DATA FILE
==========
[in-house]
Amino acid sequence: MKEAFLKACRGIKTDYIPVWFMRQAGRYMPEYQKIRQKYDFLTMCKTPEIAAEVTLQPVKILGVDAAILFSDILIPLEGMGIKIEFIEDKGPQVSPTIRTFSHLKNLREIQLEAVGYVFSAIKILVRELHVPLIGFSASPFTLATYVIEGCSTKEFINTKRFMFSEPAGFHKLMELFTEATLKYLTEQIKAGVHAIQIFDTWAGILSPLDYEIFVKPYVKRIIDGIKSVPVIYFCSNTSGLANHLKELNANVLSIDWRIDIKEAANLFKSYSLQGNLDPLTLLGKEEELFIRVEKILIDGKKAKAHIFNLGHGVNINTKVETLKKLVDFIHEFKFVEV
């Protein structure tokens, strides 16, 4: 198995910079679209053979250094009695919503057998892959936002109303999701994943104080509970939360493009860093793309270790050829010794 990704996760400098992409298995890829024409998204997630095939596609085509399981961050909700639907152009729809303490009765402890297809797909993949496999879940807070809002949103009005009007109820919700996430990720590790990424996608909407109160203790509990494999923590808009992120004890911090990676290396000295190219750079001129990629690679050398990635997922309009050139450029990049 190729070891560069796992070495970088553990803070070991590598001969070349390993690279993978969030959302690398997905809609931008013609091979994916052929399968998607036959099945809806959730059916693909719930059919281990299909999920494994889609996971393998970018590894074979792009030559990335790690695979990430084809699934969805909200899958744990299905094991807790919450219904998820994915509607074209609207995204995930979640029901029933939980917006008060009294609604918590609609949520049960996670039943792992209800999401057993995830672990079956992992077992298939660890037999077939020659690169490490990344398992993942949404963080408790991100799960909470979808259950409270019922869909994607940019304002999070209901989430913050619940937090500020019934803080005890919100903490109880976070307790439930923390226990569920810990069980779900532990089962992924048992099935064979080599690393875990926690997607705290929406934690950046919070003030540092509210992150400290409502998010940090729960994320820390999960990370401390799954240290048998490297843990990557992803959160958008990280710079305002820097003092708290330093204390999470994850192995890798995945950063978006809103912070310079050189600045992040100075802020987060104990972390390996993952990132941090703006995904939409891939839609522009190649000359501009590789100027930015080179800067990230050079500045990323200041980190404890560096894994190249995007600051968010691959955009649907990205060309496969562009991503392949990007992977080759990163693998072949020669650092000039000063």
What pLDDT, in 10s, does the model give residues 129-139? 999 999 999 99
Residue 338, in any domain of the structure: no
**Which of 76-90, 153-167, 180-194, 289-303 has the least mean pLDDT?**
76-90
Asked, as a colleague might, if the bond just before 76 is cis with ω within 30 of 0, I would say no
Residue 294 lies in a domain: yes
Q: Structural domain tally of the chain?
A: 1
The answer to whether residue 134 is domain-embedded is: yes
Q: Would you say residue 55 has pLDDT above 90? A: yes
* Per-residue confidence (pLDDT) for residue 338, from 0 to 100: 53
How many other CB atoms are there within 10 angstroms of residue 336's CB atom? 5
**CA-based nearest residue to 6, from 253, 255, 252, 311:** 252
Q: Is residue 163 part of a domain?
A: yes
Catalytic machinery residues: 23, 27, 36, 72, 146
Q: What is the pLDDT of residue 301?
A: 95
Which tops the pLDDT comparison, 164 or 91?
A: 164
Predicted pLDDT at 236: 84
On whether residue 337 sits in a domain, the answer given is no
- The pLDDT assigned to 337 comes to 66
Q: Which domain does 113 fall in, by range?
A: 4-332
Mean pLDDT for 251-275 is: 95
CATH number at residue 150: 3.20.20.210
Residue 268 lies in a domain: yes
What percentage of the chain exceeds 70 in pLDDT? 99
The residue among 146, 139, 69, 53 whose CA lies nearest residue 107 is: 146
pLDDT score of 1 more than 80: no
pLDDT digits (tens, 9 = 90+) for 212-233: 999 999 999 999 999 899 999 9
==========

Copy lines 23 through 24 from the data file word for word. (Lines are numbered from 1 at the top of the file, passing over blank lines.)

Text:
A: 164
Predicted pLDDT at 236: 84